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Archive for category: Growing Your Company

Finding the Potential in Personality

“Today you are You, that is truer than true. There is no one alive who is Youer than You.”
-Dr. Seuss

Personality. We all have one, and no two are completely alike. It’s a fascinating phenomenon, especially when exploring how to properly channel the unique features in our personalities to create success in business. It seems to be pretty easy to let some of our more distinctive traits take the back burner as we are swamped with the monotony of our daily tasks and responsibilities. As we explore the importance of utilizing our personalities in business, it is important to take a deeper look into understanding our personality traits and how to best utilize them.  Knowing who we are and what makes us tick can help us gain profound insights into how to understand ourselves and how to approach others to achieve greater success in business.

One great online resource for learning more about who you are in both business and life is www.archetypeme.com. According to archetypeme.com, an archetype is defined as a “universal pattern of behavior that motivates everything we do.”  The site offers a free archetype quiz that will give you insight into the different aspects of your personality.  You can stop there, and use that information to learn a little bit more about yourself and make more informed decisions, or you can create an account with archetypeme.com and connect with others and receive specialized content and information tailored to your archetype.

A couple of us on the StrategicallySavvy team decided to take the archetypeme quiz. It was interesting to see what our archetypes are and think about how we can utilize that information to enhance our daily business interactions.

Eric’s archetype was pretty diverse and evenly distributed with athlete at 36%, advocate at 22%, intellectual at 22%, and other at 20%. With a balanced archetype, encompassing many interests and behaviors, Eric is able to easily relate to a variety of people – he can talk sports, history, or the latest in politics. Recognizing that, Eric is able to develop sound business relationships using his talents to relate with clients, co-workers, and competitors alike.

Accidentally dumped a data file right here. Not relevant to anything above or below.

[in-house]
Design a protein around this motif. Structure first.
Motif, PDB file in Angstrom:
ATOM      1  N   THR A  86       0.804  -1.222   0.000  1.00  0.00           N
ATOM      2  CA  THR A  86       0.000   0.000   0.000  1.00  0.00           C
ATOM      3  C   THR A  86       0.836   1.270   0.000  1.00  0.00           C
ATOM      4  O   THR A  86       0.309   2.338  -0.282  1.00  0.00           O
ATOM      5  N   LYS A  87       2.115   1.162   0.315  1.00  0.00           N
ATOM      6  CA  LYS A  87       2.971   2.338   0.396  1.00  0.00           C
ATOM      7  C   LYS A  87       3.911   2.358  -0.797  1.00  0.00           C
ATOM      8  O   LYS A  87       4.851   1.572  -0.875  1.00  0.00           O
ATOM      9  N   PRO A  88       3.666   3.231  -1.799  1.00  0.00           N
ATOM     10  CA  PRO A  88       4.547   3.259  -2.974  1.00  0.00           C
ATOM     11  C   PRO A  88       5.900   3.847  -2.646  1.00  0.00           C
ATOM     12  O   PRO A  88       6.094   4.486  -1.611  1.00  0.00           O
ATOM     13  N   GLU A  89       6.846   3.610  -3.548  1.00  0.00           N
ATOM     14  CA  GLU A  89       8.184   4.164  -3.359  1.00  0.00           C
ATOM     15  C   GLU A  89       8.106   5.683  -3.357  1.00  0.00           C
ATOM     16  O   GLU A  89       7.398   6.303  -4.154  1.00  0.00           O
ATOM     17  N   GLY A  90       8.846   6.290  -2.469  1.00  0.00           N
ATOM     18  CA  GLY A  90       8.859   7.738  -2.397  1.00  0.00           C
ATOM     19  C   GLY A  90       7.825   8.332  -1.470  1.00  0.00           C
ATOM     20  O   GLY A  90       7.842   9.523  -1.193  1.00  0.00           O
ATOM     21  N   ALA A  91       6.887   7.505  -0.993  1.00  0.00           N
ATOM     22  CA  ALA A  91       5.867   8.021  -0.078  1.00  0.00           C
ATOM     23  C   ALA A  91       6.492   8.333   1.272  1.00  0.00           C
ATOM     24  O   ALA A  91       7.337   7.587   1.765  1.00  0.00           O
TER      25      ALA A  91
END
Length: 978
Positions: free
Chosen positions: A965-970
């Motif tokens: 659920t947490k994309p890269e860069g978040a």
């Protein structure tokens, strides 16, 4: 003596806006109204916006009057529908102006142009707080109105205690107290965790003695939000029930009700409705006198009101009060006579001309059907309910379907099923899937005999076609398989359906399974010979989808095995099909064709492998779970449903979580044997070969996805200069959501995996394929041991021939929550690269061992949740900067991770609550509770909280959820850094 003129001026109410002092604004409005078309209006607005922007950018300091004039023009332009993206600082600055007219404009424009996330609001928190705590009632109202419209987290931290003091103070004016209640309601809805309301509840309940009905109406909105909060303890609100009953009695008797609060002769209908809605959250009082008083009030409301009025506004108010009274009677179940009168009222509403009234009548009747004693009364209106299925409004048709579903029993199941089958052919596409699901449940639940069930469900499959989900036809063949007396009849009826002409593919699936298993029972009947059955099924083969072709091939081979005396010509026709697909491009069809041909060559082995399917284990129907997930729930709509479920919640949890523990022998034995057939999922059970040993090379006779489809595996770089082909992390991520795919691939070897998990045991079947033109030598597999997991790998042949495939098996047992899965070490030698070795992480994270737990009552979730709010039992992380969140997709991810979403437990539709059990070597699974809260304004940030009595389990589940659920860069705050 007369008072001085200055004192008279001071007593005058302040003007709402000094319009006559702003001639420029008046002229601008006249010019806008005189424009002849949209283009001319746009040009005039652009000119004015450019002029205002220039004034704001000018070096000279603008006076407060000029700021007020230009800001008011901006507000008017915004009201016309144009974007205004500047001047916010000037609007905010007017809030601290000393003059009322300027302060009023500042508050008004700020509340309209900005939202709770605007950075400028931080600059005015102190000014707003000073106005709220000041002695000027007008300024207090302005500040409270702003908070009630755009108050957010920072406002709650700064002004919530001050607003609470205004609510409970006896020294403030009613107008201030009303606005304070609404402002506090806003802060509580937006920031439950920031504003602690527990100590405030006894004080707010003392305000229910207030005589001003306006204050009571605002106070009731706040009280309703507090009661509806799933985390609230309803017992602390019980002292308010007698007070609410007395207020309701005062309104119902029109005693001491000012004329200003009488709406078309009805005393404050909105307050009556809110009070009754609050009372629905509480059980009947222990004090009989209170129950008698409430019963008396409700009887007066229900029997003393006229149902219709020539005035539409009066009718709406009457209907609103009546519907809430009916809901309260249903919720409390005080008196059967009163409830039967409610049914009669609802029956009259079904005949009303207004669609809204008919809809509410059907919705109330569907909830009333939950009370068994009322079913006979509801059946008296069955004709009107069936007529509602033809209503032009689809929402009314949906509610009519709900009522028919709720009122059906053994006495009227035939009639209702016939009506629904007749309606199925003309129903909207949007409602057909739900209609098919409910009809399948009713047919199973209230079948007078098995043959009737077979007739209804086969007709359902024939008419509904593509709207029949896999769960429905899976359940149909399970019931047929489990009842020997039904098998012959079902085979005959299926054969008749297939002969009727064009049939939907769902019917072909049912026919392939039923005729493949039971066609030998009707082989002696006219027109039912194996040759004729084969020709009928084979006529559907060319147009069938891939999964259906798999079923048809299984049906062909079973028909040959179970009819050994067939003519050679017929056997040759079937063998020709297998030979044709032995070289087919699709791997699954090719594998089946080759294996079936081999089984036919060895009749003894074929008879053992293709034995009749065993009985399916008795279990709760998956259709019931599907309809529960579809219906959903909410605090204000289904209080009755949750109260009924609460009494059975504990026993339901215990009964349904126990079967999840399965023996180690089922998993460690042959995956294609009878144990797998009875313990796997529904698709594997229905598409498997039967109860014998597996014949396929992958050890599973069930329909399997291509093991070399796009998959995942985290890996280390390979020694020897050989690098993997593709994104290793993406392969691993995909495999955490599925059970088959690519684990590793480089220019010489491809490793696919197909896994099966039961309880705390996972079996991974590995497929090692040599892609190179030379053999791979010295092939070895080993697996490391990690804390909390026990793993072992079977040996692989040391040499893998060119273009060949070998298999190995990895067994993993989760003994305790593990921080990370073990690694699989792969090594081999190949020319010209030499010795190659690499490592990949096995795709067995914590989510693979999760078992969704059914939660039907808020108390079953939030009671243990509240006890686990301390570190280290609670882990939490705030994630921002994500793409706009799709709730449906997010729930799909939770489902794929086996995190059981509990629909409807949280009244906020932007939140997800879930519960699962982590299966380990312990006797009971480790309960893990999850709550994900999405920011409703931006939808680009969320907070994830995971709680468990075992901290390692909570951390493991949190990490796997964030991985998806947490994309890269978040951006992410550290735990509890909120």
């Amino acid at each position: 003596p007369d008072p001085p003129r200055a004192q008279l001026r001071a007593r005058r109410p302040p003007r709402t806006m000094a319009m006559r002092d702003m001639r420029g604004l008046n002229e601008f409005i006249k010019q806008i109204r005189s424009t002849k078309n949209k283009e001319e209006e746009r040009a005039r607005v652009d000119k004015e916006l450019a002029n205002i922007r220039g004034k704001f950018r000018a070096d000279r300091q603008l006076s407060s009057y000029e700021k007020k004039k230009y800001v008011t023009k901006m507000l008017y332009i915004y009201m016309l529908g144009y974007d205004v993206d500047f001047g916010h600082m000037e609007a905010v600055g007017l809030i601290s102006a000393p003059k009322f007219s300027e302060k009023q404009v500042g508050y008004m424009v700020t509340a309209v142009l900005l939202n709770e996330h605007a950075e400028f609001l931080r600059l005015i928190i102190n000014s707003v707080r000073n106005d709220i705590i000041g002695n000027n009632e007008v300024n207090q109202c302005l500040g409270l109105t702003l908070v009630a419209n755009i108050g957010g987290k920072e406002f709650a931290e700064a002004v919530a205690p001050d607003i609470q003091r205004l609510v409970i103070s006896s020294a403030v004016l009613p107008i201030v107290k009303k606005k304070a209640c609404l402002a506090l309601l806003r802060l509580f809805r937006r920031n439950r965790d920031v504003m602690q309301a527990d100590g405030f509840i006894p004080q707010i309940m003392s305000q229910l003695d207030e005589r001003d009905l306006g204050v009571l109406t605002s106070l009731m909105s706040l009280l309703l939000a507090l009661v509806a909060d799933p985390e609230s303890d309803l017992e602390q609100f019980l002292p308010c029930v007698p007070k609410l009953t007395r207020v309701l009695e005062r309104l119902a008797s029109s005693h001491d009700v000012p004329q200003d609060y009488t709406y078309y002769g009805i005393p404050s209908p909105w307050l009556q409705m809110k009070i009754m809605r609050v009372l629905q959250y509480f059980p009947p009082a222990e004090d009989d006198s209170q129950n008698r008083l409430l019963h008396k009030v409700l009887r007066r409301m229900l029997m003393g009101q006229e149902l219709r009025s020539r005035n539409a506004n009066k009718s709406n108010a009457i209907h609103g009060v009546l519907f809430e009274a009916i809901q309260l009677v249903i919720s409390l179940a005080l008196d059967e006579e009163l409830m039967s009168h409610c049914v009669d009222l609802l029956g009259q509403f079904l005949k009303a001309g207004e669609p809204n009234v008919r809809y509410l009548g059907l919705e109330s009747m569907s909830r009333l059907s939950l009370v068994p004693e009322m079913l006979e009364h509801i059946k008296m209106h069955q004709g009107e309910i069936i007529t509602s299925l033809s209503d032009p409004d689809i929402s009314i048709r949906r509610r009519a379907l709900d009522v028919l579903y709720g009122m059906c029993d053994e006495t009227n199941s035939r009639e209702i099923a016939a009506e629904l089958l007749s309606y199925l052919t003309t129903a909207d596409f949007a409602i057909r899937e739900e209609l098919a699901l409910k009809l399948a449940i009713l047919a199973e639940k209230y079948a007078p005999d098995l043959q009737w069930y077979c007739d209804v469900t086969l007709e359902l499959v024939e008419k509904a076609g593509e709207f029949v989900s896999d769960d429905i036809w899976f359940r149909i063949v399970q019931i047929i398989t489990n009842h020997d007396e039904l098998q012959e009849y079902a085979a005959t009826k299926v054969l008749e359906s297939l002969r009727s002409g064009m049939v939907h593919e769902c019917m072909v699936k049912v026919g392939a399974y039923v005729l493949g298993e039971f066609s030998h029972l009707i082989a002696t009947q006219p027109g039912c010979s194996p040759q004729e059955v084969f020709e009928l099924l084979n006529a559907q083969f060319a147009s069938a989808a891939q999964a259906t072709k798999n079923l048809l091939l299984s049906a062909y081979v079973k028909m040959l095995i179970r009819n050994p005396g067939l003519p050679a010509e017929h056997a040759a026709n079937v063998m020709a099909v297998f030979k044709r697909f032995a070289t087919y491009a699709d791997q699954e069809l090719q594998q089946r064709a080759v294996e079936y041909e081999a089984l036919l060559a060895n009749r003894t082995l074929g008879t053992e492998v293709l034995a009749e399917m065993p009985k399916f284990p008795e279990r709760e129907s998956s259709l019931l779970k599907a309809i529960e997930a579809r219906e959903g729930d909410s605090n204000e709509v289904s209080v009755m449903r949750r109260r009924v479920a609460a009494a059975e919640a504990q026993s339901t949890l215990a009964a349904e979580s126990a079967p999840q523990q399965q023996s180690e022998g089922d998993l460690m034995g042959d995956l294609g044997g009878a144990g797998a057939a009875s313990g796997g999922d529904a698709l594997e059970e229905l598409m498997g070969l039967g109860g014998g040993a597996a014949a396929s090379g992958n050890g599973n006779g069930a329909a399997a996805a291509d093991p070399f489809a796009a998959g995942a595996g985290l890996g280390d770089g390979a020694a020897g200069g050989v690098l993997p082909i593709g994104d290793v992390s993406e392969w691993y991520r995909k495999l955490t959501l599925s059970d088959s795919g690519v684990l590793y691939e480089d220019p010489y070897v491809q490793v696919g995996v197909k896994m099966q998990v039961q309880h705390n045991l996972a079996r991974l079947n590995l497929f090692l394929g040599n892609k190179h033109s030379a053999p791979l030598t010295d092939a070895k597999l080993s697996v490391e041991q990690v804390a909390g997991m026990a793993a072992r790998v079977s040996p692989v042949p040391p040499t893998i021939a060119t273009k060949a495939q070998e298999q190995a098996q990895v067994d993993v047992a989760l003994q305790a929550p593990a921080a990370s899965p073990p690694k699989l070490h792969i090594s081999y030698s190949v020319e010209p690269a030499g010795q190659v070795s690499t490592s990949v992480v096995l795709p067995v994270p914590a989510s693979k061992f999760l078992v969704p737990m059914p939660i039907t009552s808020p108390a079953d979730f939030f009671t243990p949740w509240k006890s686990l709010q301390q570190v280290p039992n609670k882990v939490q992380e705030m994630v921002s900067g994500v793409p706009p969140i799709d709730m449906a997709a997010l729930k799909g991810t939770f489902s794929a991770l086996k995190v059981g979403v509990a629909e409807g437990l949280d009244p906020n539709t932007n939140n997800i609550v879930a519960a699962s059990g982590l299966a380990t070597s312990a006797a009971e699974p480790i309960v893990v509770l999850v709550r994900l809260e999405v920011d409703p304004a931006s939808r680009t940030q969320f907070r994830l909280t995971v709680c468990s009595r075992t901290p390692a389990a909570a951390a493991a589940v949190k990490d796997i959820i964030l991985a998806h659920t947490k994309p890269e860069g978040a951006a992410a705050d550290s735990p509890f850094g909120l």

My archetype type is 44% caregiver, 23% fashionista, 13% intellectual, and 20% other.  I am a people pleaser, and want to make sure that everyone around me is well taken care of, and apparently if it can be done fashionably, I’m all set! In all seriousness, recognizing my caregiver traits and using them to make a connection with my clients will help me create strong business relationships with the people I come into contact with on a daily basis.

Jason’s archetype was quite the contrast from mine, with 55% intellectual, 14% king/executive, 11% gentleman, and 20% other.  Jason can focus on utilizing his intellectual side to solve problems and his executive side to put those solutions into motion. Knowing the archetypes of his colleagues, he can turn to them for support, advice and aid throughout the process.

It was fun to get some insight into what our archetypes were, and it provided some good information on how we can approach one another and how we conduct business.

Tell us, what’s your archetype, and how does it affect your business?

USA's Slow, Costly Internet

Our Internet access is slow and expensive here in the USA. The problem is, “a few companies control access in America and it’s not in their interest to bring that fast, cheap access to us all.”

Recently, telecommunications policy expert Susan P. Crawford visited with Bill Moyers about this “digital divide” developing in American society. The link previewed below will take you to the entire enlightening conversation.